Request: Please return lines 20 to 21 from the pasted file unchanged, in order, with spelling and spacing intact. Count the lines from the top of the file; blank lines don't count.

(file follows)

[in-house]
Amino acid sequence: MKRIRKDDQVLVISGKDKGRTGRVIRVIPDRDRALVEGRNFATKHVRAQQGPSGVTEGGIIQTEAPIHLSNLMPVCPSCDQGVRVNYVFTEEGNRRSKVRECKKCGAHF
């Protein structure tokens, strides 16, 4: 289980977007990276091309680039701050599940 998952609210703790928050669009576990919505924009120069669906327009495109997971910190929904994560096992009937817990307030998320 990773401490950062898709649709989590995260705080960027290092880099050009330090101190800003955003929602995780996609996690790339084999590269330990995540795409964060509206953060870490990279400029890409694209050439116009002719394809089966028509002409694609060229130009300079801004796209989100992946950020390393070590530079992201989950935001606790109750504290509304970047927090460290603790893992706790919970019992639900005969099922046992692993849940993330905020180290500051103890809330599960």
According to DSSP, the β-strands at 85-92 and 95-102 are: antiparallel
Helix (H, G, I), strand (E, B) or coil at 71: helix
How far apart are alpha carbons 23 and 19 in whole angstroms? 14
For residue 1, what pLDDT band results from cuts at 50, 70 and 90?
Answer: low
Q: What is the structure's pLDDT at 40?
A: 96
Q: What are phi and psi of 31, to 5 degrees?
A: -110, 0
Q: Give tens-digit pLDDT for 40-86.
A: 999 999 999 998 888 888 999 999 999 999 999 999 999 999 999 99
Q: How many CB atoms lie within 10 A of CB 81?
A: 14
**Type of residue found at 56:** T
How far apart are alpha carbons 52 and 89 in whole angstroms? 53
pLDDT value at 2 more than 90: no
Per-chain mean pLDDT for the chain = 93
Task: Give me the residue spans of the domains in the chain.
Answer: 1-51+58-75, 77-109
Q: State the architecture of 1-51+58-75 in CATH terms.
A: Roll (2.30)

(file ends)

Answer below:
Per-chain mean pLDDT for the chain = 93
Task: Give me the residue spans of the domains in the chain.